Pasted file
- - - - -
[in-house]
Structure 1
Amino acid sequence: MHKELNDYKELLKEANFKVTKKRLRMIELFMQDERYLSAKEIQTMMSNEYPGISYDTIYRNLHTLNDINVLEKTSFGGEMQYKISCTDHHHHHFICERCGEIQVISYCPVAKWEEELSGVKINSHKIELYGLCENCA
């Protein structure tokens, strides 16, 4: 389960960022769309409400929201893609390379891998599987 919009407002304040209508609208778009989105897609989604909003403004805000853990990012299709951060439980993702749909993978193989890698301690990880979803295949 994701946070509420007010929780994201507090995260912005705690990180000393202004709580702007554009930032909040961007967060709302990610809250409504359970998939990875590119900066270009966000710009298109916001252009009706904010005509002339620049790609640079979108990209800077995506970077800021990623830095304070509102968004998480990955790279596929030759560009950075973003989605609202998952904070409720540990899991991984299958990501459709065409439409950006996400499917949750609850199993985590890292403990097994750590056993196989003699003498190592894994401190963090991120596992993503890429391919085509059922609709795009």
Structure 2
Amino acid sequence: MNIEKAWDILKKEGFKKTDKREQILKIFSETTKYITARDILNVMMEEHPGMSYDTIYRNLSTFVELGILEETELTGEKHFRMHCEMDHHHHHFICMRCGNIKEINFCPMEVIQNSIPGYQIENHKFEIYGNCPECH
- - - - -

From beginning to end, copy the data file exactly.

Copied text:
[in-house]
Structure 1
Amino acid sequence: MHKELNDYKELLKEANFKVTKKRLRMIELFMQDERYLSAKEIQTMMSNEYPGISYDTIYRNLHTLNDINVLEKTSFGGEMQYKISCTDHHHHHFICERCGEIQVISYCPVAKWEEELSGVKINSHKIELYGLCENCA
């Protein structure tokens, strides 16, 4: 389960960022769309409400929201893609390379891998599987 919009407002304040209508609208778009989105897609989604909003403004805000853990990012299709951060439980993702749909993978193989890698301690990880979803295949 994701946070509420007010929780994201507090995260912005705690990180000393202004709580702007554009930032909040961007967060709302990610809250409504359970998939990875590119900066270009966000710009298109916001252009009706904010005509002339620049790609640079979108990209800077995506970077800021990623830095304070509102968004998480990955790279596929030759560009950075973003989605609202998952904070409720540990899991991984299958990501459709065409439409950006996400499917949750609850199993985590890292403990097994750590056993196989003699003498190592894994401190963090991120596992993503890429391919085509059922609709795009």
Structure 2
Amino acid sequence: MNIEKAWDILKKEGFKKTDKREQILKIFSETTKYITARDILNVMMEEHPGMSYDTIYRNLSTFVELGILEETELTGEKHFRMHCEMDHHHHHFICMRCGNIKEINFCPMEVIQNSIPGYQIENHKFEIYGNCPECH